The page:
Noise from Integer Sequences

Headphones are strongly recommended for listening to the sounds on this page.

For a given integer sequence (by which I mean an increasing sequence of positive integers), we can make an audio file by creating audio events at times corresponding to the terms of the sequence.

If the sequence is {a1, a2, ...}, then we can create sound events at times {r a1, r a 2, ...} for some suitable scaling factor, r.

Depending on the value of r and the nature of the sound events created, many results are possible.

Here, I have taken this to an extreme. The sound events are one sample in length, of maximal amplitude, and r is 1/44,100 of a second, corresponding to the standard CD sound sampling rate.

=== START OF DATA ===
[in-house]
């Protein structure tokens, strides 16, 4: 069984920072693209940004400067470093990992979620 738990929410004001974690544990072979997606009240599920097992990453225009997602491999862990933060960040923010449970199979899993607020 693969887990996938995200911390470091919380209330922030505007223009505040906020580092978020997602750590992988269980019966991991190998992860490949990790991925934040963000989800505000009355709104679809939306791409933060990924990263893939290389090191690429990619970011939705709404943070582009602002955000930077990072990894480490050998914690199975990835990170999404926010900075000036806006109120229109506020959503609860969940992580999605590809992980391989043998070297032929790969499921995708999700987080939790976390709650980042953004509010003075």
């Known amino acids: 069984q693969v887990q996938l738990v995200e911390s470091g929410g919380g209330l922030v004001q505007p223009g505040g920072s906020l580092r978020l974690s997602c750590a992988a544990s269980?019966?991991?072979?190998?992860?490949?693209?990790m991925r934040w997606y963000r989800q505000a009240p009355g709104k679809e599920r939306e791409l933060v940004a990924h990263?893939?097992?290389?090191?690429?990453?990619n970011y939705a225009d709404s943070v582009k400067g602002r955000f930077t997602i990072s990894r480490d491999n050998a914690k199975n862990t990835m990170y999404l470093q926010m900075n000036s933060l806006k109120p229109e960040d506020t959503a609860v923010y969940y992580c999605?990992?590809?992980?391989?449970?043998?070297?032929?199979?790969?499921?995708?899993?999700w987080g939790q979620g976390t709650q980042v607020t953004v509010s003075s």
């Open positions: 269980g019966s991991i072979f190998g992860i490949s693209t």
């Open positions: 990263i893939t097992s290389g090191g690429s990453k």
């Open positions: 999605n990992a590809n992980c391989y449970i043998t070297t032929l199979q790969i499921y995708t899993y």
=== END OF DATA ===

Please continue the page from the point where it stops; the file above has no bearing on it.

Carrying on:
Thus, the audio file created has samples that are merely "on" or "off". The n-th sample is on only if n appears in the sequence.

The result is "noise", in most cases, with characteristics which depend on the nature of the sequence.

A curious feature of this method is that the resulting sounds from a sequence, and from the complement of that sequence, sound identical, since one is the inverted waveform of the other. Harmonic components can appear due to the presence, or non-presence, of certain multiples.

When a sequence is not too "regular", and doesn't thin out too quickly (as, e.g., the squares sequence below illustrates), we may get something interesting.


Winter 2017 WXML creations

Autumn 2016 WXML creations

Spring 2016 WXML creations

Matthew M. Conroy